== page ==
Food

Guest column: Food inflation poised to be growing concern for everyone

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Reader Letters

Fresh vegetables are packed into boxes and ready for shipment inside the newly unveiled Leamington Regional Food Hub, on Thursday, August 12, 2021.
Fresh vegetables are packed into boxes and ready for shipment inside the newly unveiled Leamington Regional Food Hub, on Thursday, August 12, 2021. Photo by Dax Melmer /Windsor Star

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The ballot booth question will likely differ depending on what you really care about.

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But since everyone eats and most try to manage a limited food budget, one of the most important electoral issues will likely be inflation. Or at least it should be.

Everything is costing more, including food. And I believe the worst is yet to come, especially if the Delta variant ruins it for many of us this fall.

By December, the average household will have to pay five per cent more for their groceries, or about $700 over the course of a year. In dollars, this is the largest increase in history. But it could be even higher in 2022.

With climate change, as was evident this summer, the situation will be increasingly unpredictable and chaotic for agri-food businesses — from farm to fork. But COVID-19 has had its say in the operability of the chains and the costs businesses must bear to make sure we have enough to buy at grocery stores and restaurants.

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Due to the virus, global supply and demand for almost everything is completely distorted. Demand is very strong for several products, including food. There is even pent-up demand that puts enormous strain on supply chains.

Every sector is fighting to get more cargo space. Some economies are recovering much faster than others, which makes predictability of logistics a nightmare right now. Sanitary measures everywhere are causing the chain to operate a little more slowly, while seeing its costs increase.

The maritime transport industry has been one of the sectors most affected by the pandemic and this will have long-term consequences. Freight rates have increased by over 200 per cent on average over the past year.

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A world economy that is completely at odds between Asia and America also means that there is a shortage of containers and ships. Since January, around 170 new high-capacity freighters have been ordered by various logistics companies. But these ships will be delivered starting in 2023, not before.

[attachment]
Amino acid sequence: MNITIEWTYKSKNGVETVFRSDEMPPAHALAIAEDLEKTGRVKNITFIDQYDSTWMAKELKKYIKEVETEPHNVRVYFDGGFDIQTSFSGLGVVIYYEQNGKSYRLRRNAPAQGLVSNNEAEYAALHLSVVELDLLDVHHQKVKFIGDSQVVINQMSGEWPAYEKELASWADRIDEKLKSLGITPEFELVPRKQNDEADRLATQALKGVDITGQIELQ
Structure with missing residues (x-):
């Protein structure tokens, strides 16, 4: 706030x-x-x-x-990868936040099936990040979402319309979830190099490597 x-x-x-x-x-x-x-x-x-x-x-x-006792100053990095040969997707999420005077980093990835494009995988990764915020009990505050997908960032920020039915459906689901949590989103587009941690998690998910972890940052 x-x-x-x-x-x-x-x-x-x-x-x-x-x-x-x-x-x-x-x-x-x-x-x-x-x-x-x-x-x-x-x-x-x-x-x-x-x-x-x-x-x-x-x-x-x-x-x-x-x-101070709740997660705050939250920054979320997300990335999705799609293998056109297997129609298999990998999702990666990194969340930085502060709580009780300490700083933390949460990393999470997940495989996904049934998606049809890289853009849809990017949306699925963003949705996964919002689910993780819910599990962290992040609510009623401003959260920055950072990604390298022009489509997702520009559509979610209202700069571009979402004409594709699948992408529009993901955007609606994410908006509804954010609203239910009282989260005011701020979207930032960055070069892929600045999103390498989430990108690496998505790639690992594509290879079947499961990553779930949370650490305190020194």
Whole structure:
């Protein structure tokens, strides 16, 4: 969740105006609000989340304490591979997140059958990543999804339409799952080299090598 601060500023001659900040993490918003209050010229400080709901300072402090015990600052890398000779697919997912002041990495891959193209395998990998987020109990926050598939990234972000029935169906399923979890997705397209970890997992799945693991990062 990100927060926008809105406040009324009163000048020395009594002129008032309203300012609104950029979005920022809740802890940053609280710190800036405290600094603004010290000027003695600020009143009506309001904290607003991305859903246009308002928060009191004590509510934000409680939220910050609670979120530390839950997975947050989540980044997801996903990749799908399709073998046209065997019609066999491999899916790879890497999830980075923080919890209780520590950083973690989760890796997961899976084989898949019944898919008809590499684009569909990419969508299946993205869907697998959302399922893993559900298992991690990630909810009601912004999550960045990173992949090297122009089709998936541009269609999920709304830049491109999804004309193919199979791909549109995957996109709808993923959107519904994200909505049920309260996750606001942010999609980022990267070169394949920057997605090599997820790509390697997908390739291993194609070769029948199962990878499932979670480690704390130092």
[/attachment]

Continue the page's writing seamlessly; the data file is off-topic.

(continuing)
The food chain is trying to be kind to consumers by absorbing some of the costs caused by expensive transportation. But by fall or winter 2022, I believe retailers and restaurateurs will have no choice but to adjust their prices — upwards.

Many federal policies are not helping and will continue to contribute to the problem of food inflation.

Subsidized unemployment benefits – which contribute to a shortage of workers of all ages, not just young people – means that employers must pay much more for labour costs to get people back to work. Higher wages are certainly desirable, but there are hardly any incentives to encourage work or retraining, especially among those 55 and over, where the level of employment has fallen the most in a year.

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All of this will eventually catch up to consumers. If consumers have not noticed higher food prices yet, they will soon.

Since 2019, for the agri-food sector, the Trudeau government has shown extreme generosity and said yes to almost everything – the food waste program, compensation for our farmers, financial support for food processing and food safety.

And if we add the programs created to mitigate the effects of the pandemic, such as the Canadian seafood stabilization fund, the emergency processing fund, the emergency food security fund, the recovery program food surpluses and the Nutrition North Canada program, the sums are simply colossal.

All these programs exceed $2.5 billion. That’s $65 per Canadian. Our Canadian industry is in dire need of financial support, but by saying yes to everything, the Trudeau government is offering us a policy without a vision.

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Decisions often lead to inconsistencies among different sectors, different markets and especially among provinces. Tackling interprovincial trade barriers would be a good place to start.

The Canadian reality is the average individual pays more in taxes than for food, clothing and housing or mortgage, combined. Taxation in our lives is of the utmost importance. While taxes may not go up for many of us, the cost of living will — and the future cost of food needs to be addressed in this campaign.

Otherwise, even if our candidates running for office hammer home the message that taxes will not increase, food inflation or the hidden regressive “COVID tax” if you will, is going to be an issue for people who are struggling financially.

Sylvain Charlebois is a professor and senior director of the Agri-Food analytics lab at Dalhousie University.

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